Everton’s Romelu Lukaku is a traditional No 9 who could play in any era

Jonathan Wilson
Romelu Lukaku celebrates scoring against Hull City. He is the Premier League’s top scorer with 21 goals. Photograph: Tony McArdle/Everton FC via Getty Images

There is much about modern football that would bewilder a visitor from 100 years ago. Even after they had got used to the lightweight kit, the ball that bent and swerved and did not absorb water as the game went on, the firm and grassy pitches, the goalkeepers in latex gloves and the extraordinary cost of everything, they would still be puzzled by how the game was played.

Why all the defenders? And why did they all play so far from their goal? And what was the goalkeeper doing coming that far out? (Get back! You’re not Leigh Roose!). And why did so many strikers play like GO Smith of the Corinthians, dropping deep all the time? But Everton would provide him with some solace.

All the seats and the blue plastic might confuse him but the Archibald Leitch latticework along the front of two stands would be familiar. And then they would see Romelu Lukaku and recognise a player they understood absolutely.

Lukaku is a striker as old as football itself. This is what centre-forwards have always done. They are big and quick and powerful. They stand around the box. They win headers. They score goals. From Dixie Dean to Didier Drogba, this is the image of the No9. Football is a sport that has undergone countless transformations in its century and a half of codified existence. Other positions have been evolved beyond all recognition. It is one of the great strengths of football that it can be played in so many ways. But however many variants of the centre-forward there now are, from poachers to false nines, there will always be a place in the game for strikers who can outpace and outmuscle the opposition and score goals. Lukaku stands in the oldest of traditions.

The Belgium striker’s 21 league goals this season are all the more impressive when it is borne in mind that he does not take Everton’s penalties. He has scored a free-kick but his other 20 goals have all come from inside the box, nine with his left foot, six with his right and five with his head. It is that aerial ability that sets him in the lineage of the traditional centre-forward: he wins 3.6 duels per game, the ninth highest figure in the league for a forward.

There are doubts about him. He can fade out of games. He remains something of a mood player, although it should be remembered that he is still only 23: only Robbie Fowler, Michael Owen and Wayne Rooney have reached 50 Premier League goals at a younger age. Age may bring greater consistency, although his three younger predecessors suggest it may merely bring heavier limbs.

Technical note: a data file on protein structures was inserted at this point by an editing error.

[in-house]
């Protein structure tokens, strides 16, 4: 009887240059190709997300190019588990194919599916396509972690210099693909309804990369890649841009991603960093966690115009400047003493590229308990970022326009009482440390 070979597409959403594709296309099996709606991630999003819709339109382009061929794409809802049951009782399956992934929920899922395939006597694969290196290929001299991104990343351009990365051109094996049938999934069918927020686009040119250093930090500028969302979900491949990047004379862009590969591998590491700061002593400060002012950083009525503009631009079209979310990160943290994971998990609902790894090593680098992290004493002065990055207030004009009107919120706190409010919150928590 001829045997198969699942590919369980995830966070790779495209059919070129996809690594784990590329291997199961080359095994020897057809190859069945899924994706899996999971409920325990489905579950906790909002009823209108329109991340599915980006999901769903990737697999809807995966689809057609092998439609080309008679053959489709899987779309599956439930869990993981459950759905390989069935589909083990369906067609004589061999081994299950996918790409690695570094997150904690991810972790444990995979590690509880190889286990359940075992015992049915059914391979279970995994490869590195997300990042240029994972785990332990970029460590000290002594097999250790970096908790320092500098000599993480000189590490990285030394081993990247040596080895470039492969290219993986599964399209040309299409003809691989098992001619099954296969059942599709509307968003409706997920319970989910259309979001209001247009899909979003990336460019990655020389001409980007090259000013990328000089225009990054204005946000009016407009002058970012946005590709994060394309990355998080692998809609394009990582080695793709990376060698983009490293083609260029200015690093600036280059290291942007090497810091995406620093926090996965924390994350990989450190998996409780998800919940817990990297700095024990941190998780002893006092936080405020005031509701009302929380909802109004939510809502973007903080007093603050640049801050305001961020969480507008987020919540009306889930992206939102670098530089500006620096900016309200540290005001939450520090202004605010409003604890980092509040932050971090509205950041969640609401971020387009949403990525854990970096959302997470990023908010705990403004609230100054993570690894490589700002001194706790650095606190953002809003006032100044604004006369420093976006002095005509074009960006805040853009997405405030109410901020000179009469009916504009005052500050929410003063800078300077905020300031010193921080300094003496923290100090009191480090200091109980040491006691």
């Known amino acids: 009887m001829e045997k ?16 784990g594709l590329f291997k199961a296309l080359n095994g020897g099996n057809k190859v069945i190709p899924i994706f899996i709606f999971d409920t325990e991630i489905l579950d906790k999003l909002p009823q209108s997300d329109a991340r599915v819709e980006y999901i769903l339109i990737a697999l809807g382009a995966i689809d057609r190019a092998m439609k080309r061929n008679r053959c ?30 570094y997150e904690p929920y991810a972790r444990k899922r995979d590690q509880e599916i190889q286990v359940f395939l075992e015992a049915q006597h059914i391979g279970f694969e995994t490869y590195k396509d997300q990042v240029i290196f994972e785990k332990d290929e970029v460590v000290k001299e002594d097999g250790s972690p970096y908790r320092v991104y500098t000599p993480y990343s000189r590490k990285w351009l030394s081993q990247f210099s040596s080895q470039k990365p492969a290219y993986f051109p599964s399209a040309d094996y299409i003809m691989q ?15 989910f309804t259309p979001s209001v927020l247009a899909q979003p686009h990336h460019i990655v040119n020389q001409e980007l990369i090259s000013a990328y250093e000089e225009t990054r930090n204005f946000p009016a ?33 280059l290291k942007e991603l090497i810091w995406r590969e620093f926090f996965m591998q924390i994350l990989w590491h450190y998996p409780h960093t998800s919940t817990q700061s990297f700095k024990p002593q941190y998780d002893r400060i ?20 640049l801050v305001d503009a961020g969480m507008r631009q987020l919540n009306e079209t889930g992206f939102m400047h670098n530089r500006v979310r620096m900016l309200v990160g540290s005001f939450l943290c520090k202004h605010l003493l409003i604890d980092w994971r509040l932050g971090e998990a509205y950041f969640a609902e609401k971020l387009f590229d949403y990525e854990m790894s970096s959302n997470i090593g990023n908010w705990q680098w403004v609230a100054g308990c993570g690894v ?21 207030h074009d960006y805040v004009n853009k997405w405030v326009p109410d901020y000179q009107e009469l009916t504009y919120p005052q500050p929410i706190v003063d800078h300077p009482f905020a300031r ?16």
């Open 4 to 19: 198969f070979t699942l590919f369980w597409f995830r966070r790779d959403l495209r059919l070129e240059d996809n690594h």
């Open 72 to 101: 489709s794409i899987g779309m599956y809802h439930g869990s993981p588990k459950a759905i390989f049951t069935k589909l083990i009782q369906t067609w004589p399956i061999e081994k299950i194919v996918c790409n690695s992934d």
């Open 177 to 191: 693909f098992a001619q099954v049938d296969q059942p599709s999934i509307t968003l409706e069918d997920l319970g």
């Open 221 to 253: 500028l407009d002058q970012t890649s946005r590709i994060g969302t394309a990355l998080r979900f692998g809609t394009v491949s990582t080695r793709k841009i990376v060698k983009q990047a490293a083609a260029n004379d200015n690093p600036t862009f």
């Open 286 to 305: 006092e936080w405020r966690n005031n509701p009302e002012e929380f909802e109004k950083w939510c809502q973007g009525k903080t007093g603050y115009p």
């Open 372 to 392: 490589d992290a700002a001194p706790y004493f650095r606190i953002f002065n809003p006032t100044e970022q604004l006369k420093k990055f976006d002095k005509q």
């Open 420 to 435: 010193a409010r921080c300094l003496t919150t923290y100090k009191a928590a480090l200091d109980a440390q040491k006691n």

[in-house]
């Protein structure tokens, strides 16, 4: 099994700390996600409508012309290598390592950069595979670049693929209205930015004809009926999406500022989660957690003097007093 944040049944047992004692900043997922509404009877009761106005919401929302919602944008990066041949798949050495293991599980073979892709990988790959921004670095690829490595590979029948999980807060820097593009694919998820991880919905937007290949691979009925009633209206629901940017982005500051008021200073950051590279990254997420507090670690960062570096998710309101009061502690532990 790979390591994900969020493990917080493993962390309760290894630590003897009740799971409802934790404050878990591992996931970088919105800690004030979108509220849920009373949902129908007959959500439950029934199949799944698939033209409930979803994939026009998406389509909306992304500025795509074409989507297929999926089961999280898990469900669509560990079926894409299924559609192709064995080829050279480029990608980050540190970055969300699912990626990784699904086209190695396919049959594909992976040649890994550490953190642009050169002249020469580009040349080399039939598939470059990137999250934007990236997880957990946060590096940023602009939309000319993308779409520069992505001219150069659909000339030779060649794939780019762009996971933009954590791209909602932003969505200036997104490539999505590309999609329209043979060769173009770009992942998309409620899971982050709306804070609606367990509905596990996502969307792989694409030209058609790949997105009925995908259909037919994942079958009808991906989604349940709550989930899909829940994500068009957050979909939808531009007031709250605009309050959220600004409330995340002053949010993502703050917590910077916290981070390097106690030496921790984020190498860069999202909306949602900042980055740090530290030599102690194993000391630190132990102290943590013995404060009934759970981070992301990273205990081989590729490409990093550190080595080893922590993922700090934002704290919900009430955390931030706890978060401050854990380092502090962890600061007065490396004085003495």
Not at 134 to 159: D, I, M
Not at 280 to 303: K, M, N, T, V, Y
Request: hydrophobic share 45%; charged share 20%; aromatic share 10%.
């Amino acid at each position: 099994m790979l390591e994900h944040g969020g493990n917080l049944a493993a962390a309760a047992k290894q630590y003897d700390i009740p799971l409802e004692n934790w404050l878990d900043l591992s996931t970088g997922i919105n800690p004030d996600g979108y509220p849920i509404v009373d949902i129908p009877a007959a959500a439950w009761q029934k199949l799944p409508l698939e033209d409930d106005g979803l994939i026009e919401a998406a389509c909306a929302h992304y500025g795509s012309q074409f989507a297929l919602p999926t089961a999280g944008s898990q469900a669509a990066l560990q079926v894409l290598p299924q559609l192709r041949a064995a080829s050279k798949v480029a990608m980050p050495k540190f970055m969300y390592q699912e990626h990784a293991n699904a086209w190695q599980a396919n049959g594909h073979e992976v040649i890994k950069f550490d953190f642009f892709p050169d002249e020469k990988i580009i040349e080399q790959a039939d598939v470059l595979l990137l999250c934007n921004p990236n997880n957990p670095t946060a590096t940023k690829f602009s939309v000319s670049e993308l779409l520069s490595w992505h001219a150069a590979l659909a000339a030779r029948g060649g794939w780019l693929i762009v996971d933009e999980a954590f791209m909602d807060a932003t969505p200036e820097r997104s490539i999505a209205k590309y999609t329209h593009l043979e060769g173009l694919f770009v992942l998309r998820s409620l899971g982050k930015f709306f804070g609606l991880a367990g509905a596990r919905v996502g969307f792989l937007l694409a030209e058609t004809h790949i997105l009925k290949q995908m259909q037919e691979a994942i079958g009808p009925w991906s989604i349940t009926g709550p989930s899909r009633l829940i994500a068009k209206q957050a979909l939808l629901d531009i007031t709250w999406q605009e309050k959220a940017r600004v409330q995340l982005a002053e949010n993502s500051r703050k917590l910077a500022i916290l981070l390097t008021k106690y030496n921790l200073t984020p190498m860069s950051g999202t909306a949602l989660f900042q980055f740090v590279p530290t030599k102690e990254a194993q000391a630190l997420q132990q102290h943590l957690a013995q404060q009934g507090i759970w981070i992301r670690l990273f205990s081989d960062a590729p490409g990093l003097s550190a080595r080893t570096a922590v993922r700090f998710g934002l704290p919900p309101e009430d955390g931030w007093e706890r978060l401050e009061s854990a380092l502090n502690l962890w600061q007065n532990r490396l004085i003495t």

His first touch can be heavy. Only nine players have been dispossessed more than him this season, although given that list includes Diego Costa, Alexis Sánchez, Raheem Sterling and Sadio Mané, that stat perhaps says little more than that he plays as a forward. Fewer than two in three of his passes find their target. If touch can be measured by how often poor control has cost him possession, Lukaku actually ranks relatively well: he is only the 21st worst offender, behind Mané, Sanchez, Zlatan Ibrahimovic, Sergio Agüero, Paul Pogba, Harry Kane and Diego Costa.

His zone of operation is bracingly old-fashioned: no outfield player ran less than him last season. Although Ronald Koeman has tried to encourage him to lead the press, the comparison with his opposite number on Saturday is telling: Lukaku runs an average 2.8km per game less than Roberto Firmino. The benefit of that is perhaps seen in the fact that 10 of his goals have come in the final quarter-hour of games. If he ran more earlier in the game, would diminished freshness make him less effective in those closing minutes?

And that, perhaps, is the most intriguing of the doubts about him. Ibrahimovic speaks fondly in his autobiography of getting to Juventus where Fabio Capello promised to “knock Ajax out of your body” and encouraged him to haunt the box, focusing on goalscoring.

Koeman now, without the pressure of Ajax’s expected style of play – as embodied by his technical director Louis van Gaal – is a more relaxed figure, more prepared to let Lukaku be the player he is rather than the player the system demands he ought to be, but that post-Cruyff philosophy remains dominant at many of Europe’s top clubs.

Lukaku, for instance, could not successfully change places with Firmino, who makes eight times more tackles per game. Nor would he fit in at Tottenham, Manchester City or Barcelona. A club of Everton’s stature will bend to accommodate a talent like Lukaku; the absolute elite will not. That is why, with his new contract unsigned, the two clubs leading the queue are Chelsea and Manchester United, both of which, under their current managers, would prioritise goals over assimilation.

But he is far from unique in that. Just because Lukaku is not a modish type of forward does not mean that he is not an extremely effective one. And if the visitor from 100 years ago wanted to take him back, he would be effective then as well.

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